On the data import side, Neo4j now supports CSV import directly in the Cypher query language. For large, densely-connected graphs, Neo4j has changed the way relationships are stored to make navigating densely-connected nodes much quicker for common cases.
If you've been waiting for the day when MongoDB and basketball would finally intersect, here is some good news: This recent post has crunched 30 years worth of NBA data with MongoDB aggregation.
The author has recently spent a bit of time working with people on their graph commons, and a common pattern he's come across is that although the models have lots of relationships, there are often missing nodes.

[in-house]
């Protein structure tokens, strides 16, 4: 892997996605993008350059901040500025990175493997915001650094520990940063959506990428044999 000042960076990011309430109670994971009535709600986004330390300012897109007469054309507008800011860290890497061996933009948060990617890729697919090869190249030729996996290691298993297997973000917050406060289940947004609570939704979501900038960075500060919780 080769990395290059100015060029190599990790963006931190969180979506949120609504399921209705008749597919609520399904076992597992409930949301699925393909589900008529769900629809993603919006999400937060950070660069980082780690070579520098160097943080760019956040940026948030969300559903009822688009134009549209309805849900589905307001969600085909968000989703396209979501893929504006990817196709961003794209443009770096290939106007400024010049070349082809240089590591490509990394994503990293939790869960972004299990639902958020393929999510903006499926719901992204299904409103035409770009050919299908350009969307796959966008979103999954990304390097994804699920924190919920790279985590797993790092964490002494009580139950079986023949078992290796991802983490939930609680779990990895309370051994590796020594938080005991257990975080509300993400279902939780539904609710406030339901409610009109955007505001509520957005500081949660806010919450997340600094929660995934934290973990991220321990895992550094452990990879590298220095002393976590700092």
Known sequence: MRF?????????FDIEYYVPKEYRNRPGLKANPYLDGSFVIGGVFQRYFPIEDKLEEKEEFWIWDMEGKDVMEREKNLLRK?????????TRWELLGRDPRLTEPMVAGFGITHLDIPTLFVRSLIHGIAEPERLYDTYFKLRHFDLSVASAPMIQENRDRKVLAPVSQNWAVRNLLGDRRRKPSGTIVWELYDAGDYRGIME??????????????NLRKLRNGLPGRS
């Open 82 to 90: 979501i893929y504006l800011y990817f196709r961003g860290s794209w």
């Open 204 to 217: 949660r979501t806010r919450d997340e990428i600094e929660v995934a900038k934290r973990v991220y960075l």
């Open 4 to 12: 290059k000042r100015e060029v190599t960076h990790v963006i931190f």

Cassandra users looking to make their lives easier might benefit from using Cassandra on Apache Mesos. This recent post provides a tutorial on how to get started, arguing that the two technologies are a great fit for each other because of Cassandra's peer-to-peer architecture.
Make sure you didn't miss anything with this list of the Best of the Week in the NoSQL Zone! This week's best include debugging a failing unit-test which interacts with RavenDB, part two of a tutorial on building a recommendation engine in Neo4j, why Cassandra's plainness makes it better than MongoDB, and more!
In this series of blog posts, the author describe the most interesting changes in TokuMX 1.4.0 and how they’ll affect users. Part 3 covers performance improvements that were achieved by making two big changes to how updates are implemented.